It was a great decision. Six of the 25 gardens on view are new this year, and of these our joint favourite was The Woodstock. This interactive installation is simple in concept and engaging in practice. Both girls climbed up and down the tree stumps, playing a teenage version of King Queen of the Castle. I admired the way the stacked stumps of varying heights defined the space, creating a playground that simultaneously provoked exploration and contemplation.
Not surprisingly, the girls liked the interactive projects the best. They liked splashing around in a shallow pool, wearing the rubber boots provided (Se Mouiller (La Belle échappé) by Groupe A/Annexe U.) They liked walking through the woods to the quiet spot where a swing hanging from a tree gave a nod to solitary enjoyment (Haiku, by Francisco A. Garcia Pérez & Alessandra Vignotto.) They liked making patterns in the gravel (Around-About, by Roy Talmon & Noa Biran) and loved lying flat on their backs, looking up at the trees and listening to the sound of bells ringing in the wind.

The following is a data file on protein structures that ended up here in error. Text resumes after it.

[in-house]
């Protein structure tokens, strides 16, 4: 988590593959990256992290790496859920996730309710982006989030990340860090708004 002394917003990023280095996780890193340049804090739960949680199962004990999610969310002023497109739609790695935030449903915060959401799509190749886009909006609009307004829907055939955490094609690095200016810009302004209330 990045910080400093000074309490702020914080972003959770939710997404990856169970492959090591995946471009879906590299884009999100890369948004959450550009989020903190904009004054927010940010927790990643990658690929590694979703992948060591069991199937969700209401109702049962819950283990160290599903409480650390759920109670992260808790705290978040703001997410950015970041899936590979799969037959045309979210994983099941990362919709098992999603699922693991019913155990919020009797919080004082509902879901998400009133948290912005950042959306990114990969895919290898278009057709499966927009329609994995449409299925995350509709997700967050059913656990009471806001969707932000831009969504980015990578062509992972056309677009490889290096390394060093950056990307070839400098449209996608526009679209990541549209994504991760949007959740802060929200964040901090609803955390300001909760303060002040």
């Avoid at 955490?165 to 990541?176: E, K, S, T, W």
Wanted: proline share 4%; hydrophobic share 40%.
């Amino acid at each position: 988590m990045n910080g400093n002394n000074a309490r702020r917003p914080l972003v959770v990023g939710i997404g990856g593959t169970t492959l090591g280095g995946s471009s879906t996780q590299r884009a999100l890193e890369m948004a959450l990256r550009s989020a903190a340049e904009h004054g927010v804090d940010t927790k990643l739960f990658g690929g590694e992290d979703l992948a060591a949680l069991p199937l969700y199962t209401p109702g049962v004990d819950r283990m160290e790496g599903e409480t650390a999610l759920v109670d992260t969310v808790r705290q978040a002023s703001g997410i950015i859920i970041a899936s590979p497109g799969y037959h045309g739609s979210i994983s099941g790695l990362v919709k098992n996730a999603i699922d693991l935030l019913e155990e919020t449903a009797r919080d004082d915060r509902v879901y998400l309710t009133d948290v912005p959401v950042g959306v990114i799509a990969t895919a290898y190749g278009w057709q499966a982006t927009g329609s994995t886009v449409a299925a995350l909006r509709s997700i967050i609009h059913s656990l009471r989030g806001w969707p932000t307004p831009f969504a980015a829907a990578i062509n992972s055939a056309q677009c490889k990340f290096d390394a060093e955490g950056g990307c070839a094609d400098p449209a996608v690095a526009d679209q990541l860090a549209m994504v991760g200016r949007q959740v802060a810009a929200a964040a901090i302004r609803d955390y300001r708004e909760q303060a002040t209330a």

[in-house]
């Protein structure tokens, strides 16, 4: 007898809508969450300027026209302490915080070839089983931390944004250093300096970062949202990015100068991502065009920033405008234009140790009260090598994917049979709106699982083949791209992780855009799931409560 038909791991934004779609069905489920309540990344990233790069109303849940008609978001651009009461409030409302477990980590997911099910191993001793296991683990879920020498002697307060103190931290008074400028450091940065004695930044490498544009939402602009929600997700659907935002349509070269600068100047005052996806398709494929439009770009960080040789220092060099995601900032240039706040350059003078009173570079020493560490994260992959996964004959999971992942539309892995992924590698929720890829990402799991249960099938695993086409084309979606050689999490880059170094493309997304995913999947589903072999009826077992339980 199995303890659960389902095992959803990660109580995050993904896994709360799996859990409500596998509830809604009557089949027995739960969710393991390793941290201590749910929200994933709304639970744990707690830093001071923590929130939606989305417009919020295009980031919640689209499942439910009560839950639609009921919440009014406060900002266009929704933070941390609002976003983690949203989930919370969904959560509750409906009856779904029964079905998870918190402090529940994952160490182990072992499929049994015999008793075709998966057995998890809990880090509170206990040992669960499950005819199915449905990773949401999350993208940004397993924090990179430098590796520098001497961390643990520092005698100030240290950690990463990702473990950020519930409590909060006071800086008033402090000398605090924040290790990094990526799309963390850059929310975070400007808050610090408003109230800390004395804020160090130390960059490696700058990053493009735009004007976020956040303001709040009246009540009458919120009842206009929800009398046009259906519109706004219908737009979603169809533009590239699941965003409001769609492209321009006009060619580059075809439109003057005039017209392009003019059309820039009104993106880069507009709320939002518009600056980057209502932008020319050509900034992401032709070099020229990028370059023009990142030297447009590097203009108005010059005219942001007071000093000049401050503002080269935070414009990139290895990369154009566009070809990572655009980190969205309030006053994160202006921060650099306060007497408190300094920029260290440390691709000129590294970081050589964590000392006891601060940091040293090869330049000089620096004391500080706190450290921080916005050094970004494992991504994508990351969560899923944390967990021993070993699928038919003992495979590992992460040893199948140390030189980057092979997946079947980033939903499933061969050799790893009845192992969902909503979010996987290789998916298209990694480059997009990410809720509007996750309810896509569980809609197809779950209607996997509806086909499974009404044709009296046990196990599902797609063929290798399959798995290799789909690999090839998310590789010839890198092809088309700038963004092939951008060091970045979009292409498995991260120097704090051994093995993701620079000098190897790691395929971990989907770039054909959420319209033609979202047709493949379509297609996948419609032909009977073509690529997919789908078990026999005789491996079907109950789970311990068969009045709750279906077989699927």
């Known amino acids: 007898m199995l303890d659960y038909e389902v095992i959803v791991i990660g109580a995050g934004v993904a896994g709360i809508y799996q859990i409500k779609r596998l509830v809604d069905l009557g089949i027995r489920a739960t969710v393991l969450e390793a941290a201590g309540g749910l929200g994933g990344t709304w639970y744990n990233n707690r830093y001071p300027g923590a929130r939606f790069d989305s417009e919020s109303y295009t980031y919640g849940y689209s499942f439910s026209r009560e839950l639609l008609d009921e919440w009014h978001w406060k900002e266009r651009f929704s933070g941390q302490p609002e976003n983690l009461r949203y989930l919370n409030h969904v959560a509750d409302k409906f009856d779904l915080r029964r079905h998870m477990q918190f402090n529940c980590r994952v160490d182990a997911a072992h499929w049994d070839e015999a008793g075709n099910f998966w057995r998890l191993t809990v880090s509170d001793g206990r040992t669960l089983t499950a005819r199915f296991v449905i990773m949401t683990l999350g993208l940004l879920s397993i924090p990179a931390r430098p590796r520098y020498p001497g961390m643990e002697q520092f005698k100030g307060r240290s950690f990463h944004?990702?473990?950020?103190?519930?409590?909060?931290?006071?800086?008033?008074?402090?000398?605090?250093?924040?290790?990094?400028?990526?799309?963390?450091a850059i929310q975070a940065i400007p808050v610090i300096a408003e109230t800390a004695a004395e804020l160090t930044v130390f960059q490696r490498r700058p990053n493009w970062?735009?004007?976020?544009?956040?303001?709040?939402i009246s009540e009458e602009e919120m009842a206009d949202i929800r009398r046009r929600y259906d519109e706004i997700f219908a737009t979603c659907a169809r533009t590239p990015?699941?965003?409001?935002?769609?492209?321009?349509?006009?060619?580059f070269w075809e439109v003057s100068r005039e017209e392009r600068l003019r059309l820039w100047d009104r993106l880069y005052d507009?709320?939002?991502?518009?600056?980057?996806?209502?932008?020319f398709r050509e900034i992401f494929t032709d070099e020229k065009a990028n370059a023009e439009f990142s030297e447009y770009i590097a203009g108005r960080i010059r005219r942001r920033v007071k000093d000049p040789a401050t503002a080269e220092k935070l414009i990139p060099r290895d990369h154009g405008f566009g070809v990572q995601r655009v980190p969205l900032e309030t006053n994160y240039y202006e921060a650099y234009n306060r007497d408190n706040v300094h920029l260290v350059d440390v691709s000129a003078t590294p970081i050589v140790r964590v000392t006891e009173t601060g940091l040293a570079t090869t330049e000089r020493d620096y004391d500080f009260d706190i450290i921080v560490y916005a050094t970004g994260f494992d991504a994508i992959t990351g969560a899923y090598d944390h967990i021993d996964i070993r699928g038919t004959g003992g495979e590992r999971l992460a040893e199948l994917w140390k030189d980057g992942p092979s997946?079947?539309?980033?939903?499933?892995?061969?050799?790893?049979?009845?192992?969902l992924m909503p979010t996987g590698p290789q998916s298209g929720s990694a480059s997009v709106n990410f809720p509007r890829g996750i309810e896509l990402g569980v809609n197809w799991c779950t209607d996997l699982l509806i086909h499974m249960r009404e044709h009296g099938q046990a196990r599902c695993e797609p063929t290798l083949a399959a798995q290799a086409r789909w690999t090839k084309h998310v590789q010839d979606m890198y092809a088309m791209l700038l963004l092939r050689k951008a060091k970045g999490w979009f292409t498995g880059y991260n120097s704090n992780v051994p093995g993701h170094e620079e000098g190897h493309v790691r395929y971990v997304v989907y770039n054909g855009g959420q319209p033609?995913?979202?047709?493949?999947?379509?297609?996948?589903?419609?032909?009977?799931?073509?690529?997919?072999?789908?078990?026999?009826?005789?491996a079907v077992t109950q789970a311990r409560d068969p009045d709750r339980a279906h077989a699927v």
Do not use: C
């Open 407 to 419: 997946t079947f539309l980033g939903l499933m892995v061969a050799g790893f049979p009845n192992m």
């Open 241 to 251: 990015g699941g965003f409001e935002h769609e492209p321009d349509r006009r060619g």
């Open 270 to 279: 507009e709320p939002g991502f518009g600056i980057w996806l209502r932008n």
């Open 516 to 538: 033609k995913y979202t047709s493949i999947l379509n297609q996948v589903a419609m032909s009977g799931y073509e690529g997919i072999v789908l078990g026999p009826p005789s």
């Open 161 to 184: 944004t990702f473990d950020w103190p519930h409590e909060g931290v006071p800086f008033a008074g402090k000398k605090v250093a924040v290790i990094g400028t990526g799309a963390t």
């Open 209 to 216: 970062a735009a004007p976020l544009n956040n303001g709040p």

I was equally enchanted by Soundcloud, where the mixed music of the wind and the bells established a dialogue between natural and artificial sounds. The bell-shaped flowers planted around a white cloud-like pouf added a visual element that mirrored this mix.